Madhav V. Dhodapkar, MBBS
“BCMA-targeting bispecific antibodies work, showing impressive single-agent activity in heavily pretreated multiple myeloma. This class of agents is likely to become an important component of future antimyeloma therapies, but we must learn how to optimally use them,” said Madhav V. Dhodapkar, MBBS, Professor and Anise McDaniel Brock Chair, Department of Hematology and Medical Oncology, and Director of the Center for Cancer Immunology, Emory University, Atlanta.
At the ASCO meeting, Dr. Dhodapkar was invited to discuss MajesTEC-11 and the phase II MagnetisMM-2 trial of another BCMA [B-cell maturation antigen]-targeting bispecific elranatamab,2 which reported response rates of 63.0% and 60.6%, respectively. “We’re seeing deep and durable responses and activity in cytogenetically high-risk disease, without question,” he said.
‘A Two-Edged Sword’
However, BCMA-targeting bispecific antibodies may well be “a two-edged sword” in myeloma, according to Dr. Dhodapkar. Aside from their ability to shrink tumors, they are also associated with early toxicities (cytokine-release syndrome and immune effector cell–associated neurotoxicity) and possibly longer-term ones. Of note, perhaps because of chronic T-cell activity and on-target plasma cell depletion, patients appear to be at increased risk for infections, viral reactivation, and inadequate response to vaccines. In the clinical trials, Pneumocystis jirovecii and cytomegalovirus reactivation have emerged, and several COVID-19–related deaths have been reported.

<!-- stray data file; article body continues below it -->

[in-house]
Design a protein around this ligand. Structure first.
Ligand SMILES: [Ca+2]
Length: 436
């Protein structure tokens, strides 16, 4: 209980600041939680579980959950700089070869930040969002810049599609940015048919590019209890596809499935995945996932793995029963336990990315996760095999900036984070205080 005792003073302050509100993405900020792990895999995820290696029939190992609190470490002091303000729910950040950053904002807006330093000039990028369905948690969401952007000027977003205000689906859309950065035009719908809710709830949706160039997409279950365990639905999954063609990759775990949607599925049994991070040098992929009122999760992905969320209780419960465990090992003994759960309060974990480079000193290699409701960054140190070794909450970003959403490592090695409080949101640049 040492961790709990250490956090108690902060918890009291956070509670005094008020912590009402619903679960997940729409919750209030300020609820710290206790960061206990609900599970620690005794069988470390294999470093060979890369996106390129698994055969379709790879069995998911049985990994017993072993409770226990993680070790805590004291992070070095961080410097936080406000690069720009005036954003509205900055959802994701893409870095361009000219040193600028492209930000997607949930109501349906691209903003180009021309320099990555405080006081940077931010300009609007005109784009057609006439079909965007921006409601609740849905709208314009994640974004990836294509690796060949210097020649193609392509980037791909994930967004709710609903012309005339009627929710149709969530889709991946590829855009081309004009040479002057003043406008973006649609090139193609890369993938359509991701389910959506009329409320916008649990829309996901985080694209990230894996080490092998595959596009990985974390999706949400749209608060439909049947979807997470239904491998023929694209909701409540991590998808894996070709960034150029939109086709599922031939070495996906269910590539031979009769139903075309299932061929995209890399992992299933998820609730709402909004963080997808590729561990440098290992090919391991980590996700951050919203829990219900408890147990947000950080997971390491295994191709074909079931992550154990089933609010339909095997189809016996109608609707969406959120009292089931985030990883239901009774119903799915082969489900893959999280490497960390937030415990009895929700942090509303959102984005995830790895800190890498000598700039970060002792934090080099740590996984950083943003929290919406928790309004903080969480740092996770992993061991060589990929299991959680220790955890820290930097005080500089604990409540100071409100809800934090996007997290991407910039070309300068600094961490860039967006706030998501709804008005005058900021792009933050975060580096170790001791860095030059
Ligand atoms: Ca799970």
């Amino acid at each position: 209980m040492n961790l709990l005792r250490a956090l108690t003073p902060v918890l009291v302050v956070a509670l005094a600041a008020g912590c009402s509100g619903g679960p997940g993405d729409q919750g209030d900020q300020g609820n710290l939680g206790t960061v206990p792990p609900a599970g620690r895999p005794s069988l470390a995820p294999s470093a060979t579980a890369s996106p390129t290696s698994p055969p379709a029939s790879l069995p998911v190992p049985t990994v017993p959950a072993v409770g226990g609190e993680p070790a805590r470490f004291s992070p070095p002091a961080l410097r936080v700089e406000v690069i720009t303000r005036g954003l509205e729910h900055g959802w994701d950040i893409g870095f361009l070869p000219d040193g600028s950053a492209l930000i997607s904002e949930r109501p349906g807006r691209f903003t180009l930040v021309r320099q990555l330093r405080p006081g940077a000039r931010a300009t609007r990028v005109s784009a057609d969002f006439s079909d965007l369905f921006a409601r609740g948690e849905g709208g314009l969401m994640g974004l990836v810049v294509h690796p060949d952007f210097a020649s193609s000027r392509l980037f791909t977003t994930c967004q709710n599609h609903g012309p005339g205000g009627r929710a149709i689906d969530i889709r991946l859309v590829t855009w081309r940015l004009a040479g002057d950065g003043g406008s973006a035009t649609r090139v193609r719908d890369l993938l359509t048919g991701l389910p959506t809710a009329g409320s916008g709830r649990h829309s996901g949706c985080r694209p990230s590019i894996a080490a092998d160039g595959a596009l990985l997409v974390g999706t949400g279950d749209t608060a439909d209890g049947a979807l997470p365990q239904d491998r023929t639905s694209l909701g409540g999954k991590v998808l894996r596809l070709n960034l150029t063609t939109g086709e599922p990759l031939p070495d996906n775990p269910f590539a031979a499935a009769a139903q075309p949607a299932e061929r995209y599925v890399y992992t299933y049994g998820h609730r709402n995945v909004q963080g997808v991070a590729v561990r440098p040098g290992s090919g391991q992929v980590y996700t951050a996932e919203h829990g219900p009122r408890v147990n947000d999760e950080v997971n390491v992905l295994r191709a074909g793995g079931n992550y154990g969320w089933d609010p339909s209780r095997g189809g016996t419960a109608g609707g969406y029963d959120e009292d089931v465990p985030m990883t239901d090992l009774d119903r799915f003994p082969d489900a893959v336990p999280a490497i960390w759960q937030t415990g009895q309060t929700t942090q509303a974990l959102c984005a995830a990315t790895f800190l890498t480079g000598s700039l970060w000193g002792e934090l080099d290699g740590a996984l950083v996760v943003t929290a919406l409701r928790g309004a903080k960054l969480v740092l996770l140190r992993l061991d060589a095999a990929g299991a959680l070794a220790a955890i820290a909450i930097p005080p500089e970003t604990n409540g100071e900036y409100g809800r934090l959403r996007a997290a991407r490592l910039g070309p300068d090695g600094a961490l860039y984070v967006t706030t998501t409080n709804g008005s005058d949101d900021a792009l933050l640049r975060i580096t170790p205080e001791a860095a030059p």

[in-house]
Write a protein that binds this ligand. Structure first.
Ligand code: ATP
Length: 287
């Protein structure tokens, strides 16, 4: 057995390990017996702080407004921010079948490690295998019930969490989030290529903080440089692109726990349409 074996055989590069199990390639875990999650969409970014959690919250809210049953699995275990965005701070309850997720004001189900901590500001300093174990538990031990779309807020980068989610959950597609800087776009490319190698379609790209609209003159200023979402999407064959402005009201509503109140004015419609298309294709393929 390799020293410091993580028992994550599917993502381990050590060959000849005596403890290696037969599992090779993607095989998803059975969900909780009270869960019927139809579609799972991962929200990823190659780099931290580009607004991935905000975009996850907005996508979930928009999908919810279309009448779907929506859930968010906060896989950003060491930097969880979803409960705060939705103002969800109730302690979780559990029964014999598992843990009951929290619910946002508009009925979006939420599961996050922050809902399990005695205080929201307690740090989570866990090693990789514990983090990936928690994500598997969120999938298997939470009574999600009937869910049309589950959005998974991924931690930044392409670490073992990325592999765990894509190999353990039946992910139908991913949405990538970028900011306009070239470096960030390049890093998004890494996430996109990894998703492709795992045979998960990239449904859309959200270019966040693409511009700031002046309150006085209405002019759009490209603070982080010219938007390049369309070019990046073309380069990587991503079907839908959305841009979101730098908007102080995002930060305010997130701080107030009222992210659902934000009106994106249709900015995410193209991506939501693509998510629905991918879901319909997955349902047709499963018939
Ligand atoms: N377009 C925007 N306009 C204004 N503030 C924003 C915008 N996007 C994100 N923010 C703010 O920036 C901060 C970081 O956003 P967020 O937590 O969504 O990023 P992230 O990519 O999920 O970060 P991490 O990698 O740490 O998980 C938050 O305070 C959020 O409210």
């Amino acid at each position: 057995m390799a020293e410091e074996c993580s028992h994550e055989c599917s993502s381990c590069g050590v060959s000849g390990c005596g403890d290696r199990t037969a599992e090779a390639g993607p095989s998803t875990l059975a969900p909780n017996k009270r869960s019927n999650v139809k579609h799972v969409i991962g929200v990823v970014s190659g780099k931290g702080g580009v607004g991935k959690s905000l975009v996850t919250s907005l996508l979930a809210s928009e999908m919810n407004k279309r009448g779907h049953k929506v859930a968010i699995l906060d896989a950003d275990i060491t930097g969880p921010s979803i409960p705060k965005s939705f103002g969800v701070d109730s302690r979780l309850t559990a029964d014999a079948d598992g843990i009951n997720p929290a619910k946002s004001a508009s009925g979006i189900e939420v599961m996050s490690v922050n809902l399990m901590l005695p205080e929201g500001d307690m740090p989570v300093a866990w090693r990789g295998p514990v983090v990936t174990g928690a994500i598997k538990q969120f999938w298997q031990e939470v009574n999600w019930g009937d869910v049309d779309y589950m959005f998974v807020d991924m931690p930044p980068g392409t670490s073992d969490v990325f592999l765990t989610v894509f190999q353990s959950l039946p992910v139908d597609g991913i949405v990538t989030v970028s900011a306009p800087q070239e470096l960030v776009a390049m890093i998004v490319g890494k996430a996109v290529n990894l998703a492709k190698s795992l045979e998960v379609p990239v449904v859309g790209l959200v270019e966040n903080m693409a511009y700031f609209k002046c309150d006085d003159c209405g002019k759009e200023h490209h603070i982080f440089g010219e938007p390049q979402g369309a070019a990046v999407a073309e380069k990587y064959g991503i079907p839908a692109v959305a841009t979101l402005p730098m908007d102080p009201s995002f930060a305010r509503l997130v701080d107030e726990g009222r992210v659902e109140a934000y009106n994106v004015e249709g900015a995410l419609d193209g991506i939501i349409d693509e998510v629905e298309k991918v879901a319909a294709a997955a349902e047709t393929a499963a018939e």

“What we are learning is that infections are appearing as major adverse events in this population…, and there is a distinct pattern of infection that has begun to emerge,” he noted.
Dr. Dhodapkar said that with bispecific antibodies, there is a “complex interaction between tumor-associated and host-dependent factors,” which affect alterations in the immune system. They, in turn, influence a patient’s ability to deal with pathogens, viral reactivation, and pandemics. We do need to learn how to use these new therapies more safely and pay attention to the risk of infections.
“The goal of immunotherapy is to maximize durable tumor immunity in the context of tumor and host biology and minimize the risk of threats,” stated Dr. Dhodapkar. “T-cell redirection may be associated with an increased risk of infections, which should be recognized and managed. It would be important to better understand which patients are at highest risk of these complications, and then either consider limiting therapy or use prophylactics.”
DISCLOSURE: Dr. Dhodapkar has served as a consultant or advisor to Janssen Oncology, Lava Therapeutics, and Roche/Genentech.
1. Nooka AK, Moreau P, Usmani SZ, et al: Teclistamab, a B-cell maturation antigen x CD3 bispecific antibody, in patients with relapsed/refractory multiple myeloma: Updated efficacy and safety results from MajesTEC-1. 2022 ASCO Annual Meeting. Abstract 8007. Presented June 5, 2022.
2. Lesokhin AM, Arnulf B, Niesvizky R, et al: Initial safety results for MagnetisMM-3: A phase 2 trial of elranatamab, a B-cell maturation antigen (BCMA)-CD3 bispecific antibody, in patients with relapsed/refractory multiple myeloma. 2022 ASCO Annual Meeting. Abstract 8006. Presented June 5, 2022.
In patients with multiple myeloma exposed or refractory to three standard therapies, treatment with the bispecific antibody teclistamab produced strong and durable responses in the phase I/II MajesTEC-1 study.1 The results of weekly subcutaneous dosing of teclistamab in 165 patients were presented...